Last Saturday’s concert at the Grand Opera House was the proverbial candles on the birthday cake for the Macon Symphony Orchestra’s continued celebration of its 40th season.
Appropriately named “Friends Old and New,” the concert’s first selection was Symphony in C by Georges Bizet, a composition written in 1855 when Bizet was 17 years old, but premiered 80 years later when it was given to his biographer. Although Bizet never mentioned the symphony to anyone, it is now considered a masterpiece in the romantic symphonic compositions.
The second selection, Concerto for Oboe No. 3 in G minor, written by George Frideric Handel, featured the principal oboist for the MSO since 1981, Thomas Underwood, who played the four movements — from the solemn first to the lively staccato of the third movement — in triple meter, much like a Latin dance accompanied by castanets, ending the first half of the concert with popular music of the 18th century.
Underwood was accompanied by the symphony’s new conductor Gerald Steichen on harpsichord, a rare treat for the audience that does not often see the instrument, which predates the piano, as part of the orchestra.
Sign Up and Save
Get six months of free digital access to The Telegraph
Contemporary favorites from stage and screen dominated the second half of the concert with the brass and percussion sections completing the orchestra for “Buckaroo Holiday,” one of the dance sequences from the 1942 ballet, “Rodeo,” scored by Aaron Copland. Julius Fucik’s “Entrance of the Gladiators,” an early 20th century composition, is best known as the familiar march heard at circuses to introduce the clowns and relies on the woodwinds and brass for its pompous flourishes.
The tribute to Louis Armstrong, “Satchmo,” arranged by Ted Ricketts, comprehensively covered the career of the man who made New Orleans the home of jazz. On trumpet, Chris Probst reminded the audience of the distinctive voice that was as much a part of Armstrong’s persona as his famous horn.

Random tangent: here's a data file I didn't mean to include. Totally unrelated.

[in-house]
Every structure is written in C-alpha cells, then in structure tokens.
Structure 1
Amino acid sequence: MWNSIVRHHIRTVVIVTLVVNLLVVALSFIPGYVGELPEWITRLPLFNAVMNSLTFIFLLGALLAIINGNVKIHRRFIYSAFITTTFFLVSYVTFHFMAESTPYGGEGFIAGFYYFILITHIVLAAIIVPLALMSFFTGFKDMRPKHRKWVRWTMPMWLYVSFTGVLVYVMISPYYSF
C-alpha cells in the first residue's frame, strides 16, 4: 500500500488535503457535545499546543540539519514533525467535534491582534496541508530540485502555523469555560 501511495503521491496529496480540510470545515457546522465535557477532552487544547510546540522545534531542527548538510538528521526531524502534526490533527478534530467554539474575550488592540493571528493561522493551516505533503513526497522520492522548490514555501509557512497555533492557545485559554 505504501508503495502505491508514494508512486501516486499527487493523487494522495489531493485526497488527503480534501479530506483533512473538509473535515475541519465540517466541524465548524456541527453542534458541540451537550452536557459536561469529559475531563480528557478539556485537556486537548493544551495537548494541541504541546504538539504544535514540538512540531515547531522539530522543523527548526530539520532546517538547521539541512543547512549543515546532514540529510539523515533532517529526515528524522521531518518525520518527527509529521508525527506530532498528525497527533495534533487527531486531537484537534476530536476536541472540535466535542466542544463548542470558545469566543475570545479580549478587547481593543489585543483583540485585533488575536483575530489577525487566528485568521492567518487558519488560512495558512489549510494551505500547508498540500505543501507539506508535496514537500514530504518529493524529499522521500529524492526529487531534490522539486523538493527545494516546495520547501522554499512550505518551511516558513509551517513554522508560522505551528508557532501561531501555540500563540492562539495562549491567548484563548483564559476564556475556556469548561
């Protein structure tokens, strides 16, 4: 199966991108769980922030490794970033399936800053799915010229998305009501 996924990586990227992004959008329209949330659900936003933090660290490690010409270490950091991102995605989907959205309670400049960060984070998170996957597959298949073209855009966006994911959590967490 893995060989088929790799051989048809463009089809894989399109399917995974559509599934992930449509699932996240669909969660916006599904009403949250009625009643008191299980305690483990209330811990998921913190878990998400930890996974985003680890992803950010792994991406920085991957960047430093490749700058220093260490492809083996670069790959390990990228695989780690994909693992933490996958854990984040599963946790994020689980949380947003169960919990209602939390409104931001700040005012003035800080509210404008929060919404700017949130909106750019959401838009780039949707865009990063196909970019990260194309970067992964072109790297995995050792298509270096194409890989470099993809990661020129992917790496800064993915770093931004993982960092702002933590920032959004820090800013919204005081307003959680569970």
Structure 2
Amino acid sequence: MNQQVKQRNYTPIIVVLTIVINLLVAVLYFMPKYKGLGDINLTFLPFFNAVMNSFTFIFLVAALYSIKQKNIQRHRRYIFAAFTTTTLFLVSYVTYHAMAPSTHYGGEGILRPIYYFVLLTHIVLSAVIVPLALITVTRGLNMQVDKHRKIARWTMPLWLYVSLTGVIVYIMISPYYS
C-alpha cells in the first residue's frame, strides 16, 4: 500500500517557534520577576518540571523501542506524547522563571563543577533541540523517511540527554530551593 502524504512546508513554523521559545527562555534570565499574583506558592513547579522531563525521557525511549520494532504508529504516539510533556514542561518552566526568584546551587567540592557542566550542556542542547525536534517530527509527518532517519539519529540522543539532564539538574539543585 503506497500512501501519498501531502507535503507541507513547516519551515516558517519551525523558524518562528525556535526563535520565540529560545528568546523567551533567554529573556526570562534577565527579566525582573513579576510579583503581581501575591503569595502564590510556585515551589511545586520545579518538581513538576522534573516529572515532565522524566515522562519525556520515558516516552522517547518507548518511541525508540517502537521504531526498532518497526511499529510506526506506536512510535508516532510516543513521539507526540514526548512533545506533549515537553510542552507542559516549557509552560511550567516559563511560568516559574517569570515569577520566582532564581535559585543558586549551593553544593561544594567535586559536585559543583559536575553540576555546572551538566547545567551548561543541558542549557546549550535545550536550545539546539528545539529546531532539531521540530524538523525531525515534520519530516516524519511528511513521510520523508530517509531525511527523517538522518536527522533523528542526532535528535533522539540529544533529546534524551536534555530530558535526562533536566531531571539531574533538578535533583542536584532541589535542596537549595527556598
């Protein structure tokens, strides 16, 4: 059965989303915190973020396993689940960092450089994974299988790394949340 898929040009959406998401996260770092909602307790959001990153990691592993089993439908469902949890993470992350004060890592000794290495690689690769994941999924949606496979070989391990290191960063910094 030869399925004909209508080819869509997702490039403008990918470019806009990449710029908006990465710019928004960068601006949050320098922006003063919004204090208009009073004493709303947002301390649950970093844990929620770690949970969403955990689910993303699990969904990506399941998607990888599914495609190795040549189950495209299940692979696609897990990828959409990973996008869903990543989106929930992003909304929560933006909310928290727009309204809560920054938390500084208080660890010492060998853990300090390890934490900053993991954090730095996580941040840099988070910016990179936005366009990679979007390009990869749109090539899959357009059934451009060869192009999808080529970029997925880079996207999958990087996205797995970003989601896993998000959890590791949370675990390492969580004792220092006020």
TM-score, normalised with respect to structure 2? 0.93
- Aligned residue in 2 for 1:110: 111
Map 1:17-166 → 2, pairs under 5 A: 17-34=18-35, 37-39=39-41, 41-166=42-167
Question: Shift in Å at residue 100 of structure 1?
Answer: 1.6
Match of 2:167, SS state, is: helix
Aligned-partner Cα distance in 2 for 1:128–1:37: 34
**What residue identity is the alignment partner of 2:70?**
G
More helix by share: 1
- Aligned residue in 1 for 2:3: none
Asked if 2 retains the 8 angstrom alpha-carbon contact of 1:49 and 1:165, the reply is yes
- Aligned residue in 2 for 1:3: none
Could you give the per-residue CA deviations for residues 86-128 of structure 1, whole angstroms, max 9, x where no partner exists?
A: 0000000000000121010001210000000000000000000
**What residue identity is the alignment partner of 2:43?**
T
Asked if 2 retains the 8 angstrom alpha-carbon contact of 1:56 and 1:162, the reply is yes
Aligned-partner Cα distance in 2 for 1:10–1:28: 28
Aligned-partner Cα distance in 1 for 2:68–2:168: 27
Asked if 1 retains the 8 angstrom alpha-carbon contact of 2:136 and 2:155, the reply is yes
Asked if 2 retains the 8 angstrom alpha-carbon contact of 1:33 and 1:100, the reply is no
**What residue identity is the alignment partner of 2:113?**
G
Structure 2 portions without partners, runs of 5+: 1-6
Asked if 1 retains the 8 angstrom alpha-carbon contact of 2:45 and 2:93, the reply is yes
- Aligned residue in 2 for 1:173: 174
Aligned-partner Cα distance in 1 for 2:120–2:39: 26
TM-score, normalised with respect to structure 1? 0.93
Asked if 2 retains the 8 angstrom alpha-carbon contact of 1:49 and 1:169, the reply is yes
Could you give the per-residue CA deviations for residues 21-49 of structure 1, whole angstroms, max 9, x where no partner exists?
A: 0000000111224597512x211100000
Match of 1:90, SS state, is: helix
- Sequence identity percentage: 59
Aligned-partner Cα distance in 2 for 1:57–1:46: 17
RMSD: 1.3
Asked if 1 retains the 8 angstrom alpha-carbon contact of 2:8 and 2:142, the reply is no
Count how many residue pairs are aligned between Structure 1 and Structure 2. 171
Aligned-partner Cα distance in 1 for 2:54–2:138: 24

The medley of songs from “My Fair Lady” evoked images from the 1964 movie with Rex Harrison as Professor Higgins and Audrey Hepburn as Eliza Doolittle, and the lively repartee between the disdainful teacher and his earnest student and the ending that left everyone questioning who got the pretty cockney girl.
Cole Porter’s “Night and Day” continued the romantic interlude, the spell broken with highlights from the soundtrack of “Jurassic Park,” the fascinating classic from composer John Williams. Steichen mentioned prior to the performance the skill with which Williams equally conveys fright and the wonderment of discovery in his musical score.
The concert was well received by an enthusiastic audience that has heartily embraced the versatility of the new maestro.
WE’RE STILL COOKING
Following the success of Volume I, “Let’s Get Cooking,” in 2010, Rebuilding Macon has collected recipes from some of Middle Georgia’s finest eateries for a second cookbook, “We’re Still Cooking,” just in time for readers to jazz up their holiday dinners.
Some of the area restaurants represented are Aubri Lane’s in Milledgeville, Parish on Cherry, the Swanson and the Perfect Pear in Perry and Grits Café in Forsyth. Old standbys like H&H in Macon are included in the colorful cookbook, which features biographies of the chefs who prepared the special dishes.
If you have missed Market City Café, pick up the cookbook at one of the holiday markets to read about the latest venture from the owners of the now shuttered café, Don Bivings and Pino Mauro, who own and manage Burke Mansion, an elegant bed and breakfast inn on Georgia Avenue. Try one of the recipes from the latest addition to downtown Macon’s watering holes, Bearfoot Tavern.
Read the stories of each chef and the journey to owning a restaurant or to working as a top chef in the five-alarm atmosphere of good food service. The stories are humorous and the photographs accompanying the recipes are mouth watering images of the artistically prepared plates.
The mission of the non-profit team, led by Debra Rollins, is to rebuild houses and to rebuild lives through collaboration with volunteers and businesses in the community. They have used the same approach, with great response from area restaurants, according to development director Emma Fiorini, in asking chefs to donate recipes and personal information to a fundraising cookbook project to raise money for improving lives and living standards for low-income residents of Macon, a mission that will celebrate 25 years in 2017.
The excellent photography by Beau Cabell and the foreword by Ed Grisamore make this book as attractive as a table top accessory as it is useful for gastronomic pleasure. Grisamore, in his usual homespun style, relates the longstanding tradition of handing down family recipes.
Happy Thanksgiving and bon appétit!